Ride-sharing service firm Uber has raised $1.2 billion in its latest round of funding. The firm is now valued at at $40 billion.
The San Francisco-based firm made the announcement in a blog post and said that the funds will be used to make strategic investments in the Asia-Pacific region.
Uber has been growing by leaps and bounds and currently operates in more than 250 cities across 50 countries, up from the 60 cities and 21 countries a year ago.
The fresh flow of cash comes just six months after it raised $1.2 billion in investment funds.
A year ago, Uber had raised $250 million through Google Ventures.
Its $40 billion valuation allows it to sell about $1.8 billion in stock.
The impressive figures show how Uber is still one of the most coveted tech start-ups as of today, despite a controversial reputation.
Recently, Uber's top management came under fire after it made hostile comments towards journalists.
Rider privacy and driver compensation is also a disputable issue at Uber. But in the blog post, co-founder Travis Kalanick asserted that Uber was going to fix everything that went wrong in the recent past.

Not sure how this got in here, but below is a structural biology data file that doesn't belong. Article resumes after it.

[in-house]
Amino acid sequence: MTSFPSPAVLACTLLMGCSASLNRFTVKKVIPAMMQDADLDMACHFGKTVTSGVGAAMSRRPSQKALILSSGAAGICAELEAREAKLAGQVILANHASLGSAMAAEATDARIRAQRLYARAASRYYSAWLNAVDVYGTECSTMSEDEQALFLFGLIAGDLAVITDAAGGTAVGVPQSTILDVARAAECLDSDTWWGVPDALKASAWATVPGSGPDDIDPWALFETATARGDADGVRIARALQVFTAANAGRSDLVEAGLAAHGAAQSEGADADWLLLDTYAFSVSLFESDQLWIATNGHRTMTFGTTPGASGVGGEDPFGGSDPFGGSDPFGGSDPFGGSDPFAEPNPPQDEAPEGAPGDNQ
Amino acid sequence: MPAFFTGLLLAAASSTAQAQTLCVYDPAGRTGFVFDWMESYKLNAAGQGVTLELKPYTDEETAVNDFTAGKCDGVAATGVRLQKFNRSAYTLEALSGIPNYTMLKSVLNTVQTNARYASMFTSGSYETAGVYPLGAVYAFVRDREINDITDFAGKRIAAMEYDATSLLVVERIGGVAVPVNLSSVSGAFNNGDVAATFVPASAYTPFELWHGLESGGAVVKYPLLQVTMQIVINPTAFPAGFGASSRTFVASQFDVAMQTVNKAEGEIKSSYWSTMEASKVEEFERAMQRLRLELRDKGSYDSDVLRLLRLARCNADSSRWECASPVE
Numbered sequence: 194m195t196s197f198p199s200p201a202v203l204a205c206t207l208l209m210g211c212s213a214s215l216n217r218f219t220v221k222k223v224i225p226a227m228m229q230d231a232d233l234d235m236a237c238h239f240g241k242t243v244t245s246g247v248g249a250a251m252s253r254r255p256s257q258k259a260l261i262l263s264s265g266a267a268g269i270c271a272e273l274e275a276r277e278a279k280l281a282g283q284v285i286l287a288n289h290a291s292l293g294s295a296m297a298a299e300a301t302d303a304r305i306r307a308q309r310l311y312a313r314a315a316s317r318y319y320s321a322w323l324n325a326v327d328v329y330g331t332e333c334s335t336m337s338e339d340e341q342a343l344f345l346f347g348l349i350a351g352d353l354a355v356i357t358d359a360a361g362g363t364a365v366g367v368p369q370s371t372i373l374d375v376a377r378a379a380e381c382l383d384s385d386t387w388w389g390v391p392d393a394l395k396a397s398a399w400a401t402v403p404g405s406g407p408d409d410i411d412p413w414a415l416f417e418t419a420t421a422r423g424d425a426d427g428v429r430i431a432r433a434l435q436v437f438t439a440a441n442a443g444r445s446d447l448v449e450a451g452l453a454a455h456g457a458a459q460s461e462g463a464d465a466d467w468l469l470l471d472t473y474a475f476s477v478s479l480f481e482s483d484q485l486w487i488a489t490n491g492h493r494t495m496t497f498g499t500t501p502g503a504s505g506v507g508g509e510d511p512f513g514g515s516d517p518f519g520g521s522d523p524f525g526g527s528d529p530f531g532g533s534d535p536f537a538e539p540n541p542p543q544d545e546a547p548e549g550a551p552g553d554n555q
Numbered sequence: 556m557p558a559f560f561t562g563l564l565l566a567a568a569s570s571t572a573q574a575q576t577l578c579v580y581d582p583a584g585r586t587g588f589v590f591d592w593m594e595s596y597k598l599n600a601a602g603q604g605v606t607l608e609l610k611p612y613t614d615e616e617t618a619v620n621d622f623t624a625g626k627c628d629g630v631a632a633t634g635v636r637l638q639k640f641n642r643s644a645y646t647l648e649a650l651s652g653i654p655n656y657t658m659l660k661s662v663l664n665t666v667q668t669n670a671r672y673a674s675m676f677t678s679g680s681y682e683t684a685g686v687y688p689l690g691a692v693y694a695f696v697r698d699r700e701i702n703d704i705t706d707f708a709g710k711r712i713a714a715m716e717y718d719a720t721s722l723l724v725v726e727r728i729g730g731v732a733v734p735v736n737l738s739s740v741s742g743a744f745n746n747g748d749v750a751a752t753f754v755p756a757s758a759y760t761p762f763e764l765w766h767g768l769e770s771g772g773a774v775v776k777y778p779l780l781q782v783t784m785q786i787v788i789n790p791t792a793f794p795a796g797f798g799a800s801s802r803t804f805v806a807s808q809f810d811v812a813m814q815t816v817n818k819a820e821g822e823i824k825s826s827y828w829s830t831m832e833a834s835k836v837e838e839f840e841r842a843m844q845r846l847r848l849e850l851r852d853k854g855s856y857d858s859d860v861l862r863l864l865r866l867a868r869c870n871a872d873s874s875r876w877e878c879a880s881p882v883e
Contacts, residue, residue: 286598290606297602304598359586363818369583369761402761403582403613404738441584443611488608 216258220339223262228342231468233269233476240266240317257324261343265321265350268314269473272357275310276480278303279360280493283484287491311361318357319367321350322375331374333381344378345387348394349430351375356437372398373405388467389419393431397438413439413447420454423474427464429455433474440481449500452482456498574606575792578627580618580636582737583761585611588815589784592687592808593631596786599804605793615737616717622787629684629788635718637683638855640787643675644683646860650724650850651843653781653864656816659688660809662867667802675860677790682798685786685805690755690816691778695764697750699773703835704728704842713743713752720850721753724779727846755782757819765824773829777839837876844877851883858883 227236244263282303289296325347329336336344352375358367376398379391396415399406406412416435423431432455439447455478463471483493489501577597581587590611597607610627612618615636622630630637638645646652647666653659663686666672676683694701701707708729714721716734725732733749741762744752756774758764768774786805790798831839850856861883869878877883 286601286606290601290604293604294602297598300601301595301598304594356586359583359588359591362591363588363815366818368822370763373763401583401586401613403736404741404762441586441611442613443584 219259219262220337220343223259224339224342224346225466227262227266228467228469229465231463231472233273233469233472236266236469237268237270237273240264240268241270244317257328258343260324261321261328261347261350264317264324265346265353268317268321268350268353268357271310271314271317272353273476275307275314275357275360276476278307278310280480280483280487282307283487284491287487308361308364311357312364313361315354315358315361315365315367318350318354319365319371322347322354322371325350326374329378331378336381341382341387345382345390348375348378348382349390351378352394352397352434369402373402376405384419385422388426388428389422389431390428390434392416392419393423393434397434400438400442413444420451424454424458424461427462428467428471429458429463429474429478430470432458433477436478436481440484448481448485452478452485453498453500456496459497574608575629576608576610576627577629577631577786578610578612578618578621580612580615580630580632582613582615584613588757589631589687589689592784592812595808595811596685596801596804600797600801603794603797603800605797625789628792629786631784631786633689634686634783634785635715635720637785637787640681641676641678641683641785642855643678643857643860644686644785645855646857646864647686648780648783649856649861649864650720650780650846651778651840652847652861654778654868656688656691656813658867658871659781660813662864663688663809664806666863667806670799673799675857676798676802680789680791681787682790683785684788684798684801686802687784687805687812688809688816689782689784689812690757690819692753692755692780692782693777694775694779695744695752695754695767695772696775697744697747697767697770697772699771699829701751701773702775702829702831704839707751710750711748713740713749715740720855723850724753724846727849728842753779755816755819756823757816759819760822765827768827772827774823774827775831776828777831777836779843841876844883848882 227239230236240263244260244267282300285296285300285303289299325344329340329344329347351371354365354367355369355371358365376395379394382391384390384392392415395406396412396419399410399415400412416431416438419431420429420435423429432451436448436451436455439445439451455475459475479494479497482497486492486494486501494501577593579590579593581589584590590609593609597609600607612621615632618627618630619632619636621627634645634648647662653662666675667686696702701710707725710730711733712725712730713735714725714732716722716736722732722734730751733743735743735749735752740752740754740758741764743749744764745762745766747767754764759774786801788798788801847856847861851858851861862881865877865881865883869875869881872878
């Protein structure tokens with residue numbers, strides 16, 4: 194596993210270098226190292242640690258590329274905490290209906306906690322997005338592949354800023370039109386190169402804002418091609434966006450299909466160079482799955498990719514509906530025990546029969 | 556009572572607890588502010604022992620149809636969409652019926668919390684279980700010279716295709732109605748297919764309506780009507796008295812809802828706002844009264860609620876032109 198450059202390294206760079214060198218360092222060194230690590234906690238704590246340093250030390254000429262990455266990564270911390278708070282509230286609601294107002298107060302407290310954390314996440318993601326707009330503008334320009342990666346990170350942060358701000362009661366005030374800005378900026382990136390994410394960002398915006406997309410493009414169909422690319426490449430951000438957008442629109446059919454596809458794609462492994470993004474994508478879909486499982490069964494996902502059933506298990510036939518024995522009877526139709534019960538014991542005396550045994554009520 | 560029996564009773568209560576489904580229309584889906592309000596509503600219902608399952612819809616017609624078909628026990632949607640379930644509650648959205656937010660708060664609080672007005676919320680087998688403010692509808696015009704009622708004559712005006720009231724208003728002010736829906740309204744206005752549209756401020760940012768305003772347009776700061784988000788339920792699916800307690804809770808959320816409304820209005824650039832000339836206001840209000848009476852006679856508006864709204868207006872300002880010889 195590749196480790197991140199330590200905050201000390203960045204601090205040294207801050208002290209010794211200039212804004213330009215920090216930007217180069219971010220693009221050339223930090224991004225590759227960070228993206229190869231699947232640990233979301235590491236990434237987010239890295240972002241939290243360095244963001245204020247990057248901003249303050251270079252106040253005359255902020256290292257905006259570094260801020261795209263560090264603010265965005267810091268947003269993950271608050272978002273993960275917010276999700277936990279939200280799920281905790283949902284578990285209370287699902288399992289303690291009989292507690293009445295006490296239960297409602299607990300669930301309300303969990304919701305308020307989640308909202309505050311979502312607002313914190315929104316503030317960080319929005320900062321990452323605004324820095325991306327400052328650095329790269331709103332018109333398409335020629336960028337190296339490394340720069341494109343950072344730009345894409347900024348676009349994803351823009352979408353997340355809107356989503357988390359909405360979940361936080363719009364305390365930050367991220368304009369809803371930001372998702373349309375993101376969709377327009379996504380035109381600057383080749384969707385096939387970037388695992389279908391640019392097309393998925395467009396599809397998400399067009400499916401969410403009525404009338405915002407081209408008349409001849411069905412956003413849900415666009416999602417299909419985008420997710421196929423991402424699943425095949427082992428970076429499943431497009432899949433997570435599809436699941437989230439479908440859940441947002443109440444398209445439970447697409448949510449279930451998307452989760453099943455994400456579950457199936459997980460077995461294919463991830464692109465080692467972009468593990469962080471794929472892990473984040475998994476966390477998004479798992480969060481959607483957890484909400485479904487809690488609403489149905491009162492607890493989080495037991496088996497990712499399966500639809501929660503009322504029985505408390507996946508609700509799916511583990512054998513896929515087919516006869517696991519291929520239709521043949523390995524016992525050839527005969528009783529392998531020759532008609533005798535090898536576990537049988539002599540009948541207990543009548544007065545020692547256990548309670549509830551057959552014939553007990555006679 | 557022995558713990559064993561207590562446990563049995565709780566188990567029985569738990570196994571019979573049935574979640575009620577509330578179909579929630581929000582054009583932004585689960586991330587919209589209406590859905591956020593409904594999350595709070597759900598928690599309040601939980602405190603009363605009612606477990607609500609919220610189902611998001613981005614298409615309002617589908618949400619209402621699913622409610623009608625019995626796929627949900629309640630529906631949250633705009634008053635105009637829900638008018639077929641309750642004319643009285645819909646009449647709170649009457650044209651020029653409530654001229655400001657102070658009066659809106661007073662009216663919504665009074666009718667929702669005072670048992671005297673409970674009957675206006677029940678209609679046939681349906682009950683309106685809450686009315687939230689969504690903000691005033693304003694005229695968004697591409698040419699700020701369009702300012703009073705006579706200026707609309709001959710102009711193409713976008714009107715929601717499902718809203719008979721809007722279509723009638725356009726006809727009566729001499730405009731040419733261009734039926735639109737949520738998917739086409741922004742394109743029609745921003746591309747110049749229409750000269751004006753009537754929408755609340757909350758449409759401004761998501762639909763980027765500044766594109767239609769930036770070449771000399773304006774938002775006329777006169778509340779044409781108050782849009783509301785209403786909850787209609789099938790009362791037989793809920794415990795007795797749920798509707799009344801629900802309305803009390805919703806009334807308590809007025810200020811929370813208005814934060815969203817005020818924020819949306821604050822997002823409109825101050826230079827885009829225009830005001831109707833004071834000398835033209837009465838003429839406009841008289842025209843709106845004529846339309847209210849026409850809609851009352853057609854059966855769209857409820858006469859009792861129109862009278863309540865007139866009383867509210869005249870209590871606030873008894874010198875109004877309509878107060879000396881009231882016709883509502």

Kalanick called the events "growing pains" and added that "acknowledging mistakes and learning from them are the first steps. We are collaborating across the company and seeking counsel from those who have gone through similar challenges to allow us to refine and change where needed."
Going forward, Uber will add several jobs in 2015 and aim to become a service that's cheaper than owning a car.
Uber's fundraising announcement comes just a day after SoftBank invested $250 million in cab-hailing app GrabTaxi – a Southeast Asian taxi booking service, which also hopes to use the investment to expand business.
Analysts say Uber has an edge over its competitors because of its reach and the type of technology services it offers. But many argue that the company uses cheap tricks to beat competition like hiring stealth riders and also giving burner phones to cancel rides of other services.
So why are investors still opting to put their money in Uber?
"They (investors) want somebody who's going to go out there and fight for their money. They're used to bad boys and that's sometimes what it takes to get stuff done in business. They want a fierce competitor that operates within not necessarily the letter of the law, but the reality of what you can get away with in the law," Greg Autry, a professor of Clinical Entrepreneurship at the University of Southern California explained to NPR.org.